Understanding the Ever-Changing RMD Rules
By Jane Young
It was nice having a break from required minimum distributions (RMD) in 2020 but unfortunately, they are required for 2021. As a reminder, back in 2019 the SECURE Act was passed changing the age to start taking RMDs on retirement accounts from 70 ½ to 72. With exception to certain beneficiaries such as spouses, the SECURE act also eliminated the ability to “stretch” distributions on beneficiary IRAs. Beneficiaries of individuals who died in 2020 or later must distribute their beneficiary IRAs within 10 years.
Individuals who are over 72 must take their RMD by December 31st of each year. If you are turning 72 this year, you have until April 1, 2022. You may want to take it by December 31st, 2021 to avoid taking two distributions in one year which could result in a higher tax liability. Failure to take your RMD will result in an excise tax of 50% of the required distribution.
Your RMD is generally determined by dividing the value of your retirement account on December 31st of the previous year by the distribution period from the IRS’s “Uniform Lifetime Table”. There is some good news, due to longer life expectancies, on November 6th the IRS released new life expectancy tables that will go into effect in 2022. The new tables will lower your RMD resulting in less taxes and more money remaining in your retirement accounts. Someone turning 72 in 2022 can expect to see a 6-7% decrease in their RMD with the new tables. Unfortunately, your 2021 RMD will be calculated using the current tables.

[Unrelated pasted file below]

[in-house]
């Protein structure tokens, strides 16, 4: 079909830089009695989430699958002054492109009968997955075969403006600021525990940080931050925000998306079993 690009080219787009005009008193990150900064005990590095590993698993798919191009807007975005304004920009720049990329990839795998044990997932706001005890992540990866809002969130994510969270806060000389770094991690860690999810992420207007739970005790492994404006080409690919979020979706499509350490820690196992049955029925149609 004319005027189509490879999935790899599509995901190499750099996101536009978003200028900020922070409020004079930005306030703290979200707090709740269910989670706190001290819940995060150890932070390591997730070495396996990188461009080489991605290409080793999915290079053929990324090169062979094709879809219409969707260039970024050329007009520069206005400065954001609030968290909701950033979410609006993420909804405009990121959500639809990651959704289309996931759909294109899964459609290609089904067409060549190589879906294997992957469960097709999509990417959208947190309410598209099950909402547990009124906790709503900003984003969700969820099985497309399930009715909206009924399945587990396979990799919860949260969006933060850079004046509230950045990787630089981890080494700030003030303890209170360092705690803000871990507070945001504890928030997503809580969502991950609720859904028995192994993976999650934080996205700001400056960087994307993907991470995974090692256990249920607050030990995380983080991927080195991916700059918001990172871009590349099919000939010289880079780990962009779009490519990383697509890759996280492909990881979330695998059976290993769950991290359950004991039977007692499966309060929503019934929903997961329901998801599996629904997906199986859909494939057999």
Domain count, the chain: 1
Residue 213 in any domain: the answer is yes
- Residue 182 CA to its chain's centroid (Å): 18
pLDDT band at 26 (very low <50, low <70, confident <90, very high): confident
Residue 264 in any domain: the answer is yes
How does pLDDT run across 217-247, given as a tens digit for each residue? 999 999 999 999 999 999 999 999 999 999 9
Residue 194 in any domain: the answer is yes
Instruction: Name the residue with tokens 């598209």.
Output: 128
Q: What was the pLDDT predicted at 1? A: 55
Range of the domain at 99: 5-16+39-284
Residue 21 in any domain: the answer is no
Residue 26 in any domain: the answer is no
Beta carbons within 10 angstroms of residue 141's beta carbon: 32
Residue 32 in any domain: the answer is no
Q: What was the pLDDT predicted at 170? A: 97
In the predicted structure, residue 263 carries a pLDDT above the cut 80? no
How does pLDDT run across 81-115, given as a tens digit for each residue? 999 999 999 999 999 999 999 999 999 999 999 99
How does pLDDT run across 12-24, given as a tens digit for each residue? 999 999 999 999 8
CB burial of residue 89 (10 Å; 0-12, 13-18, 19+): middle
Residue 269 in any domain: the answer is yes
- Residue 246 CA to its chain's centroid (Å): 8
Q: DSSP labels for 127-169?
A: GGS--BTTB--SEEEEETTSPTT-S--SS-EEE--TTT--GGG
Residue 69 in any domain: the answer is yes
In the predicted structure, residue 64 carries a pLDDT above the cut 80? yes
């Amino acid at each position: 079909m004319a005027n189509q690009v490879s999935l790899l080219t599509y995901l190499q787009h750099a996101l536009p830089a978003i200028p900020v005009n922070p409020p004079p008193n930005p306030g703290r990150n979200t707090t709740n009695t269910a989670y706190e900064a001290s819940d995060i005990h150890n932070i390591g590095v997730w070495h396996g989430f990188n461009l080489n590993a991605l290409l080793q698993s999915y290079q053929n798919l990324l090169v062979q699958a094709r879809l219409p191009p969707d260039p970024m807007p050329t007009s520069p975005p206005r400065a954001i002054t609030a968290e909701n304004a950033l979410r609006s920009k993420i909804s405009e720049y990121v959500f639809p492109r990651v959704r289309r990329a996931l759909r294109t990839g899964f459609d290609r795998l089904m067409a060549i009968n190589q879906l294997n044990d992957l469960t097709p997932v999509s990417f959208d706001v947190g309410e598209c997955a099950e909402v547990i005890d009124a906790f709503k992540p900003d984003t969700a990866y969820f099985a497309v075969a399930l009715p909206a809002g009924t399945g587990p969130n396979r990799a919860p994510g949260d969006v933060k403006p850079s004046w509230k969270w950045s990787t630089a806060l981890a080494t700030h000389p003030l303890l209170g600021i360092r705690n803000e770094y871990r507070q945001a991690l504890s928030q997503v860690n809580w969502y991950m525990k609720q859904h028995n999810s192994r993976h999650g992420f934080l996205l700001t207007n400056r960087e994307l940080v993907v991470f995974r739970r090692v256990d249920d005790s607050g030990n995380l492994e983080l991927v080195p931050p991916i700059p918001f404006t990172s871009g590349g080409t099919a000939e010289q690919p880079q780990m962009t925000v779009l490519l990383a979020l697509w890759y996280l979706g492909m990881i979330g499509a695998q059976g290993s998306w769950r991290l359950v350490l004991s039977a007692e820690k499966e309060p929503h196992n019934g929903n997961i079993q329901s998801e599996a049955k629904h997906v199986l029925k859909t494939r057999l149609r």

An RMD from a traditional retirement account is taxable as regular income which increases your adjusted gross income (AGI). Due to the CARE’s Act waiver on RMDs in 2020, you may have experienced a major decrease in income which can ripple throughout your return. A decrease in AGI may result in less tax on Social Security benefits, reduced Medicare premiums and a lower capital gains rate. A decrease in income may also place you in a lower tax bracket.
While a reduction in taxes is great news for 2020, it could adversely impact tax planning for 2021. Most tax preparation programs calculate your 2021 estimated taxes based on 2020 information. If your income was significantly lower as a result of not paying an RMD in 2020, your projected estimated taxes may be understated. Consider doing some tax planning for 2021 to avoid a big tax bill next April.
If you are interested in donating money to charity this may be an ideal year to make a tax-free distribution from your RMD. If you are 72 or older you can use your RMD to make a Qualified Charitable Deduction of up to $100,000. A Qualified Charitable Deduction is not included in your adjusted gross income. The distribution must be made directly from your IRA custodian to a qualified charity.